The corrugations thus operate to ensure the required flexibility of the protective body 12 about the coupling member during operation of an associated vehicle. Referring to FIG. 1, as was previously suggested, it will now be apparent that the expansion or contraction of the lower portion 18 of the body 12 will be accompanied by an inverse contraction or expansion reaction, respectively, of the upper portion 20 of the body 12.
Referring to FIGS. 2-4, the body 12 includes an axial opening 22, which defines left and right opposed axially extending surfaces 24 and 26. The surfaces are respectively bounded by left and right external protective lips 34 and 36. The surfaces 24 and 26 are disposed for attachment to and support of a fastener member 28 (FIGS. 1 and 4), preferably a zipper mechanism as shown, which includes a shiftable slider 32 having a pull tab 30 (FIGS. 1 and 2). Respective first and second sides 40 and 42 of the fastener mechanism 28 are preferably permanently affixed to the surfaces 24 and 26. For this purpose, the sides 40 and 42 are preferably made of a tough but very flexible fabric. The manner of affixation may be by the use of a bonding adhesive, or alternatively the sides of the fastener mechanism may be bonded by heat and pressure to the body 12 (See also FIG. 5). For the latter accommodation, the flexible body 12 is preferably of an elastomeric material, and is of a premolded configuration in the preferred form shown in FIGS. 1 through 3.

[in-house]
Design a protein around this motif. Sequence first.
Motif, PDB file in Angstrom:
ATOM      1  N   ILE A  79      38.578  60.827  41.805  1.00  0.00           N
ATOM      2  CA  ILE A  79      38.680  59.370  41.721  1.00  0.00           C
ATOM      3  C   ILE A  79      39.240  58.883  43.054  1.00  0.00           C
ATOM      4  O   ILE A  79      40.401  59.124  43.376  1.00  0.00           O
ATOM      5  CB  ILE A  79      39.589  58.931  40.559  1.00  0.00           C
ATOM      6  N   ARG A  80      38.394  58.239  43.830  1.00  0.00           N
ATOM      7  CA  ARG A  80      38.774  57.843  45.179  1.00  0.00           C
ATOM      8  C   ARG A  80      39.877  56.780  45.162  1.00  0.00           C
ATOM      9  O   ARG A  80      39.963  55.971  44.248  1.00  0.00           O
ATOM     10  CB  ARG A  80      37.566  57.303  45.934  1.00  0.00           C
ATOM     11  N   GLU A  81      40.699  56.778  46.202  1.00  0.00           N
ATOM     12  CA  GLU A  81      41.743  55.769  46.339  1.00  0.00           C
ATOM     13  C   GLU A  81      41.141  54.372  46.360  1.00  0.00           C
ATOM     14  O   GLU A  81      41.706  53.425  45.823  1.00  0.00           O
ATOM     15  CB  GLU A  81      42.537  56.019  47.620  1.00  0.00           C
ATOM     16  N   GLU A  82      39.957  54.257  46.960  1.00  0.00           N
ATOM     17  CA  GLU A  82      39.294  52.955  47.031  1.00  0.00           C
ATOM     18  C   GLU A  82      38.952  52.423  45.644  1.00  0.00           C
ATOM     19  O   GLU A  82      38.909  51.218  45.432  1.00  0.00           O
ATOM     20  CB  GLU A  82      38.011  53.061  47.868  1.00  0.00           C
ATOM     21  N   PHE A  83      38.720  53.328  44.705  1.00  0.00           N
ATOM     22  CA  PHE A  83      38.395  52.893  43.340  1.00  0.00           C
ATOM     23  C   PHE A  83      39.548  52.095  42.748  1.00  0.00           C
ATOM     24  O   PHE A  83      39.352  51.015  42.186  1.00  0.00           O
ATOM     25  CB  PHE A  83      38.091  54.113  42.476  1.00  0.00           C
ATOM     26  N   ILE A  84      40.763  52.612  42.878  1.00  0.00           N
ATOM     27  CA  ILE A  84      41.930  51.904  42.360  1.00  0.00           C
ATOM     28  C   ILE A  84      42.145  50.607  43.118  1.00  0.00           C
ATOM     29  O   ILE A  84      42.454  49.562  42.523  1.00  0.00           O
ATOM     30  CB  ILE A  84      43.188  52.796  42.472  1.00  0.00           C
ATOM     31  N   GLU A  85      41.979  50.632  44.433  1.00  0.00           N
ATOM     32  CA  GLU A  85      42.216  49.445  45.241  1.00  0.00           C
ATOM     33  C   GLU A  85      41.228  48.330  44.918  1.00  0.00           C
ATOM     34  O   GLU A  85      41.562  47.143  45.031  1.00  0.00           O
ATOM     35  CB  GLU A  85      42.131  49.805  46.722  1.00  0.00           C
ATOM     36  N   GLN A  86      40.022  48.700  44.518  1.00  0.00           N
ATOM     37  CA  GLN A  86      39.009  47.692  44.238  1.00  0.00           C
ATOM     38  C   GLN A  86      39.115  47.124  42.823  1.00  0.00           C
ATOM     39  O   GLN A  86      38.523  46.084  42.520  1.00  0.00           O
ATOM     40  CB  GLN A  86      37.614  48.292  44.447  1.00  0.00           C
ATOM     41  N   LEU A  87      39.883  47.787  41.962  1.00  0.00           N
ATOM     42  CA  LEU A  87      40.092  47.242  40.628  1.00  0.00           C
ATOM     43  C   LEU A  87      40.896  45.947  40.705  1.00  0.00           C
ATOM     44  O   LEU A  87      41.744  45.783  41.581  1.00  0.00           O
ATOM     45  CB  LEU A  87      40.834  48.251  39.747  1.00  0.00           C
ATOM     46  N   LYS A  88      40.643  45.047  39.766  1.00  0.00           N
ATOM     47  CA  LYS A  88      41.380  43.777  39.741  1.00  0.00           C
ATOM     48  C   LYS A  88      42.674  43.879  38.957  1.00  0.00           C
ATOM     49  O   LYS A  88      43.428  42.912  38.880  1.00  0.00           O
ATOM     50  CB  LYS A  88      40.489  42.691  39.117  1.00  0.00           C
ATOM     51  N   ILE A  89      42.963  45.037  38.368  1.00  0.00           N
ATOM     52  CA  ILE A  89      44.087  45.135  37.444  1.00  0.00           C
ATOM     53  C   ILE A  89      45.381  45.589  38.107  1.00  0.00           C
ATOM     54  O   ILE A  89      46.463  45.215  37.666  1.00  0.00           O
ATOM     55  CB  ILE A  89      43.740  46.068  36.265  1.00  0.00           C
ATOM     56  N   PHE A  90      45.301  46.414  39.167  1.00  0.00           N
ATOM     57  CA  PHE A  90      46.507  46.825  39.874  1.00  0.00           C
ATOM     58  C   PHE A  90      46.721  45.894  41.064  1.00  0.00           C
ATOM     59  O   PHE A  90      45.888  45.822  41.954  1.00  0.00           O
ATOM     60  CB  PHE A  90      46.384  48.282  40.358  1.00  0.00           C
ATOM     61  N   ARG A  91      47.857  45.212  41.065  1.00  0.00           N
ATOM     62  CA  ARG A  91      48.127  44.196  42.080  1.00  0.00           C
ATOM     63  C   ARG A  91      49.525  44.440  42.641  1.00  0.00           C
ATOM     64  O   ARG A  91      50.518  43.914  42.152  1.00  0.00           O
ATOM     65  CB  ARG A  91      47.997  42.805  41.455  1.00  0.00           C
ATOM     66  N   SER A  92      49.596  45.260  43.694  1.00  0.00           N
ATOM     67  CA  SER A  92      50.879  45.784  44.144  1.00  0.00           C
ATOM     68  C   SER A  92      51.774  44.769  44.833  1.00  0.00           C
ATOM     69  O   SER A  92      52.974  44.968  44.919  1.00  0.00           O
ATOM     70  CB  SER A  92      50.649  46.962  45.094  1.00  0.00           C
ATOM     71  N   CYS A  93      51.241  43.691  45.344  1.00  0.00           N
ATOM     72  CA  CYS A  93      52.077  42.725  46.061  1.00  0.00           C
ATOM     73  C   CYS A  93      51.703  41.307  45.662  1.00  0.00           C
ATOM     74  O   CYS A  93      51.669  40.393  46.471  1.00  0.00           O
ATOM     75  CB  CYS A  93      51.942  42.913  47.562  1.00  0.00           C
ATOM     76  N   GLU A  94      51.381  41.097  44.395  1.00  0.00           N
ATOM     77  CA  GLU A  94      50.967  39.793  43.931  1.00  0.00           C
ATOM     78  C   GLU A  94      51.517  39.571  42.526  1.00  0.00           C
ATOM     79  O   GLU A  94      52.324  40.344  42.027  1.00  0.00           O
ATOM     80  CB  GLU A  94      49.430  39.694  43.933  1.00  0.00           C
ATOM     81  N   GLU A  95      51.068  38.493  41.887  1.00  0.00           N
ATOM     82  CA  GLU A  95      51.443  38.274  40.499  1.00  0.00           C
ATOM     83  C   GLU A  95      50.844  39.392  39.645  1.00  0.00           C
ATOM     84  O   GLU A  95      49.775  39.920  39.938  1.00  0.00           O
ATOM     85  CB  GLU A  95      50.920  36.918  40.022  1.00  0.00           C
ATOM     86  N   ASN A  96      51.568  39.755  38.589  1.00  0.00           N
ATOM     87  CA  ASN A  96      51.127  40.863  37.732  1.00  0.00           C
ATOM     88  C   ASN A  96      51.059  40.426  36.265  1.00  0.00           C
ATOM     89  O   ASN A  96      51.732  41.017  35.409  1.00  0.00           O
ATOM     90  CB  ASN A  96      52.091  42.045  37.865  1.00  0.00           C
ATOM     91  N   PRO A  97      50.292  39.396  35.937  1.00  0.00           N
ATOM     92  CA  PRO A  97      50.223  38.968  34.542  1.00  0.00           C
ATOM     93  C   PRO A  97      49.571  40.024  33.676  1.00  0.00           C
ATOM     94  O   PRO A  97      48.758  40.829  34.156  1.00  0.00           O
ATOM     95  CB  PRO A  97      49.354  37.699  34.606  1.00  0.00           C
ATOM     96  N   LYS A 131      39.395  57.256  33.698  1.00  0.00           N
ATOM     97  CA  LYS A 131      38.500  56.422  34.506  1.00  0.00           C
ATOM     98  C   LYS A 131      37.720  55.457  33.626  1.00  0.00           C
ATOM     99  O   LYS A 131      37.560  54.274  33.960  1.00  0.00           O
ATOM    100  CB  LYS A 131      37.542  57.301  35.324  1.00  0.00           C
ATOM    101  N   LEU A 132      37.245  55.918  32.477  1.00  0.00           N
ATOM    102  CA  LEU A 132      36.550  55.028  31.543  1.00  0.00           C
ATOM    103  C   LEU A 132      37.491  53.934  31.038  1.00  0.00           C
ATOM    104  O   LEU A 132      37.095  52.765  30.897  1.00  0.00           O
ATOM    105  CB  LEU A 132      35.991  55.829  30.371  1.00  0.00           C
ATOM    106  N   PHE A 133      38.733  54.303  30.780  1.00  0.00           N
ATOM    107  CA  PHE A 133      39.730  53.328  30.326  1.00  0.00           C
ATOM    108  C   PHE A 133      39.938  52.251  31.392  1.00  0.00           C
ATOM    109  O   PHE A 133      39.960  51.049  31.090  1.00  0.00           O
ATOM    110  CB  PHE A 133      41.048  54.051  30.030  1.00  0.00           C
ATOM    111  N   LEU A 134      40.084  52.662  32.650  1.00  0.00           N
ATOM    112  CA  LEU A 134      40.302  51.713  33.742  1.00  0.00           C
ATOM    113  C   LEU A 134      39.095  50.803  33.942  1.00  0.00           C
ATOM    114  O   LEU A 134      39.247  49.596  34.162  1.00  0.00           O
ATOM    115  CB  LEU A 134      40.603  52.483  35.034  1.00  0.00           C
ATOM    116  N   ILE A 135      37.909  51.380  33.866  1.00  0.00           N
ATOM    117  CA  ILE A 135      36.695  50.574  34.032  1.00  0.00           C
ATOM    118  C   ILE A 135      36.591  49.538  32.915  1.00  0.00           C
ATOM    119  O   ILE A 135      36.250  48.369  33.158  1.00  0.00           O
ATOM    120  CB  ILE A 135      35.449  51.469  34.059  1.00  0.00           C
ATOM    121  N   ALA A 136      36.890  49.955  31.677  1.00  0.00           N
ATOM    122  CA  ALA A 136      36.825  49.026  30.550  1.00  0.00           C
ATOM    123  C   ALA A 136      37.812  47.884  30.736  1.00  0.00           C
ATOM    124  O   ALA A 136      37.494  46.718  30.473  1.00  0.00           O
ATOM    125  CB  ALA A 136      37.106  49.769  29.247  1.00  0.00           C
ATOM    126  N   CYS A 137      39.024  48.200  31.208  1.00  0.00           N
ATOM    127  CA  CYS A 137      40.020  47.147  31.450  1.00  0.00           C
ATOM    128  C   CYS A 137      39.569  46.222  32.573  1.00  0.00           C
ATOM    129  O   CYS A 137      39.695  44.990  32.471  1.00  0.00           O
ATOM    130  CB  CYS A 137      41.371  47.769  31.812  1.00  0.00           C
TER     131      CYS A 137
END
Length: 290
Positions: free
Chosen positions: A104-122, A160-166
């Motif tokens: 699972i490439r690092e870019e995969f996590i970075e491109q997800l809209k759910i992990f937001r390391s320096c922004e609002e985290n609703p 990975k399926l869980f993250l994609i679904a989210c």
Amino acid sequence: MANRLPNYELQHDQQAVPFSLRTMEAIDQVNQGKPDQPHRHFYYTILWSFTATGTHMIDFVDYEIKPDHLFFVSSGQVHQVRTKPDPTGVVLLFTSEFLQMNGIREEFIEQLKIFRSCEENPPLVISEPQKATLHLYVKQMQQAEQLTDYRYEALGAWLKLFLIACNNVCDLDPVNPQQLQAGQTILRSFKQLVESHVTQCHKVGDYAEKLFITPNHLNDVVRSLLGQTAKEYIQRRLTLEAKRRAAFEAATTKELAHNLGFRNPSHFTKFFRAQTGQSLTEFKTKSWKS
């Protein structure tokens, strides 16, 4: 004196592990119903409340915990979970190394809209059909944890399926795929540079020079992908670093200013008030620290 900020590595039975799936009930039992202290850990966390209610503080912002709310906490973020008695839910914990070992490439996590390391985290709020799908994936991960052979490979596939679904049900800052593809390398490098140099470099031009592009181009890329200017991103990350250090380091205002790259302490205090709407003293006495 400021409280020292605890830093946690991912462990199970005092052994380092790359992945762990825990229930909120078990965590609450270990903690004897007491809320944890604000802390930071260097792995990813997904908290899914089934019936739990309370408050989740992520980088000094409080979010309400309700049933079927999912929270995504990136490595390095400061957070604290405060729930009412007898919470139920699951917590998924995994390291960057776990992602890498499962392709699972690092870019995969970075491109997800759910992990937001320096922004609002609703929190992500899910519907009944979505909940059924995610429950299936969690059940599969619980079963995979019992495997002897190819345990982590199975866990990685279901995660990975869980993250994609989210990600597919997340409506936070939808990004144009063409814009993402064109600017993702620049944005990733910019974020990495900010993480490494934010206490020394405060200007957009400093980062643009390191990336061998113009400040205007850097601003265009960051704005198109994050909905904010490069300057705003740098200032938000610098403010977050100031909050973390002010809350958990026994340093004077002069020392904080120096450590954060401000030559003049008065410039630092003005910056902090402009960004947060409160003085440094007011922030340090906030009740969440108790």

Upon affixation of the fastener mechanism 28 to the premolded elastomeric body 12, the body 12 is adapted for installation and closure over an angular coupling member, such as a constant velocity universal joint. For this purpose, it is desired that clamps (not shown) be affixed over the ends 6 and 8 of the body 12 for fixing the latter ends to the respective coupled shafts. Upon closure of the fastener mechanism 28, the body 12 provides a protective total encasement of the coupling member, and should be sized relative to the coupling in a manner that the coupling never physically contacts the inside walls of the body 12. A major advantage of the protective boot assembly 10 of this invention is the suitability thereof for replacement without necessity of disassembly of the coupling member. Thus the assembly 10 is disposed for simple field installation by virtue of the fastener mechanism 28, which may be conveniently opened for installing the assembly over a constant velocity universal joint, as will be appreciated by those skilled in the art.